Jaden’s dad is a meteorological engineer and he invites her to the middle of storm country to attend a camp for gifted and talented middle schoolers.  She is happy to spend time with her father and his family and as a science geek, she looks forward to camp.  But when she gets to Oklahoma, she realizes that everything is not as it seems.  Her father’s planned, engineered stormsafe community seems to be going above and beyond in order to keep the residents safe from harm. But by avoiding the storms, they may be putting those outside the community in danger.  Once Jaden starts camp, she befriends some of the farm kids from outside the community and they all begin to dig a bit deeper into the storms.

Eye of the Storm  is recommended for middle graders, but I think it will appeal to high school readers, too.  Jaden is a great heroine who is smart, geeky, and fun.  The science in the book is top-notch and Messner keeps you on the edge of your seat.  The teens/tweens read as real kids and as a teacher of gifted students, I recognized a lot of my own students in her characters.  One warning: Be sure to have some meteorology books on hand because when kids finish this one they are going to want to read a lot about storm systems!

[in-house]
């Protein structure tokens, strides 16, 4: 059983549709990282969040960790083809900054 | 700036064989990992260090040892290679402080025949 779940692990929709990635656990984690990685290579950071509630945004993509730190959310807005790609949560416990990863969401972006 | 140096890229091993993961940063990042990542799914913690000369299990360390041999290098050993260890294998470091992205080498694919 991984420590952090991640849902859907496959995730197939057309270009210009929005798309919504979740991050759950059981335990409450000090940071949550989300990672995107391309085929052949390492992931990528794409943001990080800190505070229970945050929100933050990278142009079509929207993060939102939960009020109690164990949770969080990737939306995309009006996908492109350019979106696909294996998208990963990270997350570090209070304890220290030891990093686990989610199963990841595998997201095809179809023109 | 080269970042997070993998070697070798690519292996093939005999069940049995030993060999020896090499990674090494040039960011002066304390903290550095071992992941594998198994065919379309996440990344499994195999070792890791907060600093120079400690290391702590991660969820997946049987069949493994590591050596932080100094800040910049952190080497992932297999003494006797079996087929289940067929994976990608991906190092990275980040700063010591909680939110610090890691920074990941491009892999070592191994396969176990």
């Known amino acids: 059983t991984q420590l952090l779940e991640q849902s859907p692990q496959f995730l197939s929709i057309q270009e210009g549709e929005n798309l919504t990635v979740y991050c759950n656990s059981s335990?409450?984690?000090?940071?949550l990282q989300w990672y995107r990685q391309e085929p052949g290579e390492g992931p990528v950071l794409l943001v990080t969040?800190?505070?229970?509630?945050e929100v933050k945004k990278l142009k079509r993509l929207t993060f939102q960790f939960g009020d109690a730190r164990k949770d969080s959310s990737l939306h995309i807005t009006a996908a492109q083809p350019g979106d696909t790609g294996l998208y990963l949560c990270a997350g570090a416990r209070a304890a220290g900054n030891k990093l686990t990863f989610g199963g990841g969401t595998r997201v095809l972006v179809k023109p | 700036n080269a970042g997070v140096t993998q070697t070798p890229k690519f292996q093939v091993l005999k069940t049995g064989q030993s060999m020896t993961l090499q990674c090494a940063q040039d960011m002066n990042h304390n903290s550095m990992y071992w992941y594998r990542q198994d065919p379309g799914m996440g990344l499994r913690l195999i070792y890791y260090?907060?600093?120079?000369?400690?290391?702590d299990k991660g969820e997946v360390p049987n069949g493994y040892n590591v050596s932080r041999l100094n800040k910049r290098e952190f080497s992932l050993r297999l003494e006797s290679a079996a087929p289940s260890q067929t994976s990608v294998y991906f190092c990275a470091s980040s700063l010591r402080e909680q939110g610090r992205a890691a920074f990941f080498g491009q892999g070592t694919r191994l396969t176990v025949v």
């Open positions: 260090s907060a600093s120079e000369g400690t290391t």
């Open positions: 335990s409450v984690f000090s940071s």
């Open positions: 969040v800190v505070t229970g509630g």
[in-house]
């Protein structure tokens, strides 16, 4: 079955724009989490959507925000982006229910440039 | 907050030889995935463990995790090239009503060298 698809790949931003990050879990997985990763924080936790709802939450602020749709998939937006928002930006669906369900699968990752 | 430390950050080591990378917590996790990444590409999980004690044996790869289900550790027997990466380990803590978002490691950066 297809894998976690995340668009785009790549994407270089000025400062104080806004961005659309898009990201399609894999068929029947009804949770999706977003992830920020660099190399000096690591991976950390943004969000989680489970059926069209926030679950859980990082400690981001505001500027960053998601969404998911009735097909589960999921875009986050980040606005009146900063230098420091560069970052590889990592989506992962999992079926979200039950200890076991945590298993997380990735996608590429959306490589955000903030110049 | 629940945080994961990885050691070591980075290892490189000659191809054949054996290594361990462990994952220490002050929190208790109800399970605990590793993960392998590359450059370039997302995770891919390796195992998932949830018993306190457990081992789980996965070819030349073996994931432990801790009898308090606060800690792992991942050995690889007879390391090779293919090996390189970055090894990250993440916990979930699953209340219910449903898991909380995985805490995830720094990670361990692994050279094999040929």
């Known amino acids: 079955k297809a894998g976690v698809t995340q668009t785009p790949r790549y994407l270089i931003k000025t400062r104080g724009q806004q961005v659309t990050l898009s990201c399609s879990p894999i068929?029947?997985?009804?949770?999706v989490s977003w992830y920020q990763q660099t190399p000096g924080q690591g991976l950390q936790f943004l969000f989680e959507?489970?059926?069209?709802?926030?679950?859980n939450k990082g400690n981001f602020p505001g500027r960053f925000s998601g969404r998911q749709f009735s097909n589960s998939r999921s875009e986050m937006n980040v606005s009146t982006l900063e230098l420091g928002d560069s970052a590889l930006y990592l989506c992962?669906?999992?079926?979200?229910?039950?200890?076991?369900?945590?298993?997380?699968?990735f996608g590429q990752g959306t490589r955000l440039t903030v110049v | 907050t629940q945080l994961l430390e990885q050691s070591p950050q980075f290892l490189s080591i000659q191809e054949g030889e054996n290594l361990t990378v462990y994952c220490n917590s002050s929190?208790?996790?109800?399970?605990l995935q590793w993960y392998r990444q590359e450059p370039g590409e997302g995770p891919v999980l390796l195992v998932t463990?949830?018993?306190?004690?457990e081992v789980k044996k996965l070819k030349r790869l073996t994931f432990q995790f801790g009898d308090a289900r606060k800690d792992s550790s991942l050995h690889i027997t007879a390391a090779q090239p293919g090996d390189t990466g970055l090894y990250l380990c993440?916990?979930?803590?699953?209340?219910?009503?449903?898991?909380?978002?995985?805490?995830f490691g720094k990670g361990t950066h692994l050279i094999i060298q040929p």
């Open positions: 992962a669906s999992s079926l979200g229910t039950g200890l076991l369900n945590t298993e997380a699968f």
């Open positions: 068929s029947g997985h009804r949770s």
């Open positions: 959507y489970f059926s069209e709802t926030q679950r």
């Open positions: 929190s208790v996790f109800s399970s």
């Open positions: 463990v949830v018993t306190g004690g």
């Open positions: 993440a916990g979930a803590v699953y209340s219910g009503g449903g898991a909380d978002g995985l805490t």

Highly recommended for middle school and high school libraries.  A great read for upper elementary students, too!

*ARC courtesy of the publisher at NCTE

See You at Harry’s by Jo Knowles

Grab a box of tissues, find a comfy chair, turn off the cell phone and the computer, and settle down to read Jo Knowles’ See You at Harry’s. When Kate Messner advised me to search for an ARC at NCTE, she warned me that the book would make me cry.  I was thrilled to

get an ARC and when I sat down to read, I figured it would be sad but that I wouldn’t cry because it was probably just another sad middle grade book.

This is not a book that’s about what you think it will be about.  It is a book, though, that will take your heart and run it through the equivalent of a paper shredder over and over again.  You will find yourself stifling gasping sobs and weeping on the pages in front of you.  This book will break your heart but you will love it anyway.Oh readers.  How wrong I was.

 

See You at Harry’s is a conversation book.  You will need to talk about it when you are finished.  I passed my ARC to a student reader who came to me the next day raving about how unpredictable the book was.  Today she told me she is going out to buy her own finished copy because even though she already read it, she needs to own her own copy.  It’s just that good.

Highly, highly recommended for middle grade and high school readers.  This one crosses the fence, folks.  Pass it on to the readers in your life and they will be grateful.

 

 

*ARC courtesy of publisher, via NCTE Annual

Thumped by Megan McCafferty